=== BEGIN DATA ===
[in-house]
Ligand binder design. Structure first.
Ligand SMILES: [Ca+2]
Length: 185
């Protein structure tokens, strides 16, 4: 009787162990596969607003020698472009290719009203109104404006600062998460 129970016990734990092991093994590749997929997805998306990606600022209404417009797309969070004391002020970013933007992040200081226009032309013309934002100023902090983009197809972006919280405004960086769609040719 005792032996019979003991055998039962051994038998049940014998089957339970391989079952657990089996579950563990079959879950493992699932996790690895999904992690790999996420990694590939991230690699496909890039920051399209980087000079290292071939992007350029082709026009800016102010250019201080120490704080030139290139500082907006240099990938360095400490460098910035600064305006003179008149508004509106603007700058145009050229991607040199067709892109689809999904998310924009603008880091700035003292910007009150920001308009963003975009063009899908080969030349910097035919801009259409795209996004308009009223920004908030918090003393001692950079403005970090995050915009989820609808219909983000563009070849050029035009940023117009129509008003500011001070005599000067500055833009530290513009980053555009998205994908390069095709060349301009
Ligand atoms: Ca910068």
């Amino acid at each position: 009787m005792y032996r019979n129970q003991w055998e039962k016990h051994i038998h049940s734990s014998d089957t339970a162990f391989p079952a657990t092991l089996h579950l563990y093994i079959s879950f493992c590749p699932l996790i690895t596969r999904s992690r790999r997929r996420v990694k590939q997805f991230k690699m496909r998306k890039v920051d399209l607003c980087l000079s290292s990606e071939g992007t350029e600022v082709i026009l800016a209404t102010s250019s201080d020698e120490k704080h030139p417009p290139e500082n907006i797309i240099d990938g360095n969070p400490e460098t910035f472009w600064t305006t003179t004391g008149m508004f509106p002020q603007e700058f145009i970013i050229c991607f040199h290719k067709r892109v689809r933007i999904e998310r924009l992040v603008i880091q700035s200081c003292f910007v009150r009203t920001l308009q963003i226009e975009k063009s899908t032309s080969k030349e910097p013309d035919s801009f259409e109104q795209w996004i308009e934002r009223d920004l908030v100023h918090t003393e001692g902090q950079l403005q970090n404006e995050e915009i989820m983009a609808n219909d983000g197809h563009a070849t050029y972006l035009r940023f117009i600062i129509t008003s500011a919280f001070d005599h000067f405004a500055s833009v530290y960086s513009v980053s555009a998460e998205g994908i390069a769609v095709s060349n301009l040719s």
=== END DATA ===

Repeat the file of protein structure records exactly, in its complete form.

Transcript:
[in-house]
Ligand binder design. Structure first.
Ligand SMILES: [Ca+2]
Length: 185
């Protein structure tokens, strides 16, 4: 009787162990596969607003020698472009290719009203109104404006600062998460 129970016990734990092991093994590749997929997805998306990606600022209404417009797309969070004391002020970013933007992040200081226009032309013309934002100023902090983009197809972006919280405004960086769609040719 005792032996019979003991055998039962051994038998049940014998089957339970391989079952657990089996579950563990079959879950493992699932996790690895999904992690790999996420990694590939991230690699496909890039920051399209980087000079290292071939992007350029082709026009800016102010250019201080120490704080030139290139500082907006240099990938360095400490460098910035600064305006003179008149508004509106603007700058145009050229991607040199067709892109689809999904998310924009603008880091700035003292910007009150920001308009963003975009063009899908080969030349910097035919801009259409795209996004308009009223920004908030918090003393001692950079403005970090995050915009989820609808219909983000563009070849050029035009940023117009129509008003500011001070005599000067500055833009530290513009980053555009998205994908390069095709060349301009
Ligand atoms: Ca910068």
């Amino acid at each position: 009787m005792y032996r019979n129970q003991w055998e039962k016990h051994i038998h049940s734990s014998d089957t339970a162990f391989p079952a657990t092991l089996h579950l563990y093994i079959s879950f493992c590749p699932l996790i690895t596969r999904s992690r790999r997929r996420v990694k590939q997805f991230k690699m496909r998306k890039v920051d399209l607003c980087l000079s290292s990606e071939g992007t350029e600022v082709i026009l800016a209404t102010s250019s201080d020698e120490k704080h030139p417009p290139e500082n907006i797309i240099d990938g360095n969070p400490e460098t910035f472009w600064t305006t003179t004391g008149m508004f509106p002020q603007e700058f145009i970013i050229c991607f040199h290719k067709r892109v689809r933007i999904e998310r924009l992040v603008i880091q700035s200081c003292f910007v009150r009203t920001l308009q963003i226009e975009k063009s899908t032309s080969k030349e910097p013309d035919s801009f259409e109104q795209w996004i308009e934002r009223d920004l908030v100023h918090t003393e001692g902090q950079l403005q970090n404006e995050e915009i989820m983009a609808n219909d983000g197809h563009a070849t050029y972006l035009r940023f117009i600062i129509t008003s500011a919280f001070d005599h000067f405004a500055s833009v530290y960086s513009v980053s555009a998460e998205g994908i390069a769609v095709s060349n301009l040719s």